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Patent Analysis of

LDMOS transistor with lightly-doped annular RESURF periphery

Updated Time 12 June 2019

Patent Registration Data

Publication Number

US10153366

Application Number

US15/065204

Application Date

09 March 2016

Publication Date

11 December 2018

Current Assignee

POLAR SEMICONDUCTOR, LLC

Original Assignee (Applicant)

POLAR SEMICONDUCTOR, LLC

International Classification

H01L29/00,H01L21/00,H01L29/10,H01L29/66,H01L29/417

Cooperative Classification

H01L29/7816,H01L23/535,H01L29/0634,H01L29/66681,H01L29/0882

Inventor

CHUNG, THOMAS S.,HOILLIEN, NOEL,MANOS, PETER N.,KOSIER, STEVEN

Patent Images

This patent contains figures and images illustrating the invention and its embodiment.

US10153366 LDMOS transistor lightly-doped annular 1 US10153366 LDMOS transistor lightly-doped annular 2 US10153366 LDMOS transistor lightly-doped annular 3
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Abstract

Apparatus and associated methods relate to controlling an electric field profile within a drift region of an LDMOS device using first and second RESURF regions. The first RESURF region extends from a source end toward a drain end of the LDMOS device. The first RESURF region is adjacent to a forms a metallurgical junction with the drift region. The second RESURF layer extends from the drain end toward the source end of the LDMOS device. The second RESURF layer has an end that is longitudinally between the body contact and the source end of the first RESURF layer. A distance between the end of the second RESURF layer and the body contact is greater than a vertical distance between the end of the second RESURF layer and the body contact. A maximum electric field between the second RESURF layer and the body contact can be advantageously reduced with this geometry.

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Claims

1. An electronic device comprising:

a Laterally-Diffused Metal-Oxide-Semiconductor (LDMOS) transistor formed in a semiconductor die having an interconnect region on an active region,wherein the interconnect region comprises:

a gate of the LDMOS transistor, the gate isolated from the active region via a dielectric,wherein the active region comprises:

a source of the LDMOS transistor longitudinally aligned to an end of the gate, the source having a first conductivity type;a drain of the LDMOS transistor, the drain comprising:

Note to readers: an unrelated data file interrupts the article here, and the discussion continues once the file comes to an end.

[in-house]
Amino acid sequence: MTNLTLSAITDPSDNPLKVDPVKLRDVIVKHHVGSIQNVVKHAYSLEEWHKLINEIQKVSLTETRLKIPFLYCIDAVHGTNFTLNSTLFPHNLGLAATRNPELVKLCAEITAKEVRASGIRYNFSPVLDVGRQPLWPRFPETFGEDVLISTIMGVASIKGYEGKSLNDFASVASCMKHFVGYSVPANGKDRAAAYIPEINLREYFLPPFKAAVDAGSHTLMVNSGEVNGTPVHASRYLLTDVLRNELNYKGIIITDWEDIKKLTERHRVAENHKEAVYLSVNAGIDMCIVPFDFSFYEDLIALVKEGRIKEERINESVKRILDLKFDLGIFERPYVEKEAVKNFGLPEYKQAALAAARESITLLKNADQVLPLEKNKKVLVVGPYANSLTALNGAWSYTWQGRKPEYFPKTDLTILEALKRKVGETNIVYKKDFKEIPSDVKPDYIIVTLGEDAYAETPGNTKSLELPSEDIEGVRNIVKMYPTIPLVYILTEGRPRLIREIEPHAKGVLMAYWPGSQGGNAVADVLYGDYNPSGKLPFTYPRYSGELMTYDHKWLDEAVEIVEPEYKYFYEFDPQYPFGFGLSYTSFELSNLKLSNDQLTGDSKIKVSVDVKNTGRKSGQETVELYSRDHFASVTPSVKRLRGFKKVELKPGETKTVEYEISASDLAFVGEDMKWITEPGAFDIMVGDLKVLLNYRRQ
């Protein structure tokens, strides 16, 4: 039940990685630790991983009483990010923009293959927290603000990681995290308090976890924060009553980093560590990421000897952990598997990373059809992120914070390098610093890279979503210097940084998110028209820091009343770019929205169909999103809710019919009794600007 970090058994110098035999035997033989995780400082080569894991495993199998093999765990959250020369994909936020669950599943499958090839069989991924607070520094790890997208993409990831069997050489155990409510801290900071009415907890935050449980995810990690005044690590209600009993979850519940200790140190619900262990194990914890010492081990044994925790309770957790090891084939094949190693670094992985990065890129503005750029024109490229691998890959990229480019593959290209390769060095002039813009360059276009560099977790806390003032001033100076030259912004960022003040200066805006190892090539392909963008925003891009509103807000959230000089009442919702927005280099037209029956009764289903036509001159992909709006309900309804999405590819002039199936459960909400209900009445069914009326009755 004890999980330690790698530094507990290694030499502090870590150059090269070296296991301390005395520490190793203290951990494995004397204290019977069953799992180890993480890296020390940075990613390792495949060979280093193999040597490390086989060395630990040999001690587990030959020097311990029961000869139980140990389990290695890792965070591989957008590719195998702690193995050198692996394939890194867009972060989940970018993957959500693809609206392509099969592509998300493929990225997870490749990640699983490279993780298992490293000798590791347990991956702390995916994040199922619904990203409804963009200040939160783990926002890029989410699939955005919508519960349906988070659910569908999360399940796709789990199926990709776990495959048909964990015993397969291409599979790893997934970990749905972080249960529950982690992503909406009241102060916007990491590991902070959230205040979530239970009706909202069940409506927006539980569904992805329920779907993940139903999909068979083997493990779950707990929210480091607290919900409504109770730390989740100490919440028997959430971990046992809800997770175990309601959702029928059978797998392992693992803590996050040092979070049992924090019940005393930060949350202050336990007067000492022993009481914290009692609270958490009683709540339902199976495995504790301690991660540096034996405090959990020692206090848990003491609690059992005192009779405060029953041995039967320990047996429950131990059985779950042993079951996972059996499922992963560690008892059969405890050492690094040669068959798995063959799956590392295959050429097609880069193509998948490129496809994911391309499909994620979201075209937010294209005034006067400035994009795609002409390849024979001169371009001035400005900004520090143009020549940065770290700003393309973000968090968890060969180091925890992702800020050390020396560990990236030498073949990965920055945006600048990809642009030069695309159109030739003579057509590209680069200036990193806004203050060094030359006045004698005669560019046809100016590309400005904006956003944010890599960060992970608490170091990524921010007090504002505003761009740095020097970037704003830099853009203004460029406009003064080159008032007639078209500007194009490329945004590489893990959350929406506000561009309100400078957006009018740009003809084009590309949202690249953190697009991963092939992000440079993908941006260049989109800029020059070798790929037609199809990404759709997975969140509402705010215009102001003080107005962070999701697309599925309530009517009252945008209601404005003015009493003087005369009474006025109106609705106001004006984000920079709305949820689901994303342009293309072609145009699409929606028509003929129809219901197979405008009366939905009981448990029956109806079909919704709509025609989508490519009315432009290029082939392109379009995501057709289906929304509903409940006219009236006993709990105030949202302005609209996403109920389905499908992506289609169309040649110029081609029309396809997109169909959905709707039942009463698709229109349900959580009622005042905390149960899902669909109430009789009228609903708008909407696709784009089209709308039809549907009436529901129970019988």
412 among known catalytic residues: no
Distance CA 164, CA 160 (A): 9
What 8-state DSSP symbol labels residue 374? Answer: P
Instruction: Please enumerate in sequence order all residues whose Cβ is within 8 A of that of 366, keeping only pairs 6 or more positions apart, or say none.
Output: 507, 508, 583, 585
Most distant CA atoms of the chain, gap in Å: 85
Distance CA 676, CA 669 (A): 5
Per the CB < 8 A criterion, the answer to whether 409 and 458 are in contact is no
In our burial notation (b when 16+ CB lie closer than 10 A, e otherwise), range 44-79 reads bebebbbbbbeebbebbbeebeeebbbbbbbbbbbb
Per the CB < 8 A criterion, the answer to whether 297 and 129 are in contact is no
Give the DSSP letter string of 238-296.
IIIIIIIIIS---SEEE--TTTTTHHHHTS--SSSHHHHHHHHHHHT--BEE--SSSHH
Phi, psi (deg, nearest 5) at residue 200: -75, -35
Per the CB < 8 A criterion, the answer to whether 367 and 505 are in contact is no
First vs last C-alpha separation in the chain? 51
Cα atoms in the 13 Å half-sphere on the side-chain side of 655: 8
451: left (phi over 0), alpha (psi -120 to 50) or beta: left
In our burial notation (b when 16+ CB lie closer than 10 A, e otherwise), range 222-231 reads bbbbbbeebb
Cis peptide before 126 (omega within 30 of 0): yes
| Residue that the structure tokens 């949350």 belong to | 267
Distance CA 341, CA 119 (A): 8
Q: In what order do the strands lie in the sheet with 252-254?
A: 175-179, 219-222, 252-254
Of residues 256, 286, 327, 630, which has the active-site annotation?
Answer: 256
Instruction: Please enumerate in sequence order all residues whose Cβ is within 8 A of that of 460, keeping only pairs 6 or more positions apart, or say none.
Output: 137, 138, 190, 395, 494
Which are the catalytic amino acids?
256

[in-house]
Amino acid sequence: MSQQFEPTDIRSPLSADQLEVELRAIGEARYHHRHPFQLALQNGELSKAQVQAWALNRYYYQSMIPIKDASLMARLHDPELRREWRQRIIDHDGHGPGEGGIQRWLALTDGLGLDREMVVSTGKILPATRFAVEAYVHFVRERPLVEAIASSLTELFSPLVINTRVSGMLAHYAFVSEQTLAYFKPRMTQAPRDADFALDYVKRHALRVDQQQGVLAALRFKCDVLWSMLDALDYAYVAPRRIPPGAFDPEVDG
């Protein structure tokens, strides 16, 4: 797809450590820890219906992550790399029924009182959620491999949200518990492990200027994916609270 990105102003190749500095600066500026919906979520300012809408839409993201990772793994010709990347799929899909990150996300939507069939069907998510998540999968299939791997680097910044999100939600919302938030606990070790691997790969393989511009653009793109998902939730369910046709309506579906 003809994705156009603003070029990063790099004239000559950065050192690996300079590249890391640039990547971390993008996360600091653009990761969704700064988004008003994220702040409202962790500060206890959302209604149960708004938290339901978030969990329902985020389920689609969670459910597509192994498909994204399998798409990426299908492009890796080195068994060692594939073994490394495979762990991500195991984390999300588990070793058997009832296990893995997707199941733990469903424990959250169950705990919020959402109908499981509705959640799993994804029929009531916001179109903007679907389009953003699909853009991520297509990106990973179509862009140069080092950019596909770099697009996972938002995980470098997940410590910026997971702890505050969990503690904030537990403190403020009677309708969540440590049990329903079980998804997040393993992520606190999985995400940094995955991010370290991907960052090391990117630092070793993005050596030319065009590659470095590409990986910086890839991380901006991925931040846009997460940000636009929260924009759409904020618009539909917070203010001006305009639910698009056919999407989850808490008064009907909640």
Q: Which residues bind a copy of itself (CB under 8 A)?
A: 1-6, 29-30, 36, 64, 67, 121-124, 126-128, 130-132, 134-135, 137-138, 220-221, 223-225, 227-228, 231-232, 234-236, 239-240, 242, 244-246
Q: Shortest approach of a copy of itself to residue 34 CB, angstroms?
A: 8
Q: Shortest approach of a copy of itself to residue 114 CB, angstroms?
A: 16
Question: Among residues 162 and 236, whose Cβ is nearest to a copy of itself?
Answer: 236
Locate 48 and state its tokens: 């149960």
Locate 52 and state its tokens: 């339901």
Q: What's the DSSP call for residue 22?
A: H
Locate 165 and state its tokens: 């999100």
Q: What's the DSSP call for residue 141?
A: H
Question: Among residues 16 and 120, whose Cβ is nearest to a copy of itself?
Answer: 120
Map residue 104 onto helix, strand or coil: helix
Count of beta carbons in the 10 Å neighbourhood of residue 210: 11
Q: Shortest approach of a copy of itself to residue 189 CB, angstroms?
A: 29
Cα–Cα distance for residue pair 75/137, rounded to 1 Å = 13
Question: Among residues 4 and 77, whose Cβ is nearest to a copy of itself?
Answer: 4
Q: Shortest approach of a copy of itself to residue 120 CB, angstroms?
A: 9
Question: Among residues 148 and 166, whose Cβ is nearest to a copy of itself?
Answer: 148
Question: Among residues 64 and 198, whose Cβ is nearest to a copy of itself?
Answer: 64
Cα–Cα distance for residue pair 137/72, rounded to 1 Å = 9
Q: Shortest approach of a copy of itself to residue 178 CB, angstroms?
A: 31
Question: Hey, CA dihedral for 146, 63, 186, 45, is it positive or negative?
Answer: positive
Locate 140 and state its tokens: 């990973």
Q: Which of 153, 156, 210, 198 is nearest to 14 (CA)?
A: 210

a drain contact region having the first conductivity type; and a drift region vertically isolated from the gate via the dielectric, the drift region having the first conductivity type;a body of the LDMOS transistor, the body comprising:

a body contact region having a second conductivity type; and a channel region juxtaposed longitudinally between the source and the drift region, the channel region vertically isolated from the gate via the dielectric, the channel region having the second conductivity type; a lower RESURF region substantially parallel to and vertically separated from the drift region, the lower RESURF region having the first conductivity type; an extension region extending from an end of the lower RESURF region and under the body contact region, the extension region having the first conductivity type, the extension region having a net dopant concentration less than a net dopant concentration of the lower RESURF region; and an upper RESURF region adjacent to and vertically interdigitated between both the drift region above and the lower RESURF region below, the upper RESURF region having the second conductivity type, wherein a first longitudinal distance between the drain contact region and the body contact region is greater than a second longitudinal distance between the drain contact region and the end of the lower RESURF region.

2. The LDMOS transistor of claim 1, wherein the active region comprises an epitaxial layer grown on a substrate.

3. The LDMOS transistor of claim 2, wherein the end of the lower RESURF region is defined as the longitudinal location where a net dopant concentration of the lower RESURF region is at a predetermined threshold.

4. The LDMOS transistor of claim 3, wherein the predetermined threshold is defined as ten times a net dopant concentration of the epitaxial layer.

5. The LDMOS transistor of claim 3, wherein the predetermined threshold is defined as ten times a net dopant concentration of the substrate.

6. The LDMOS transistor of claim 2, wherein the substrate has the second conductivity type and the epitaxial layer has the first conductivity type.

7. The LDMOS transistor of claim 1, wherein the upper RESURF region is conductively coupled to the body.

8. The LDMOS transistor of claim 1, wherein the lower RESURF region is conductively coupled to the drain via a vertical conduction path.

9. The LDMOS transistor of claim 8, wherein the vertical conduction path has a net dopant concentration that is less than both the net dopant concentrations of the lower RESURF region and the drift region.

10. The LDMOS transistor of claim 1, wherein the extension region has a net dopant concentration that is substantially equal to a net dopant concentration of an epitaxial layer.

11. A method of manufacturing the LDMOS transistor of claim 1, the method comprising: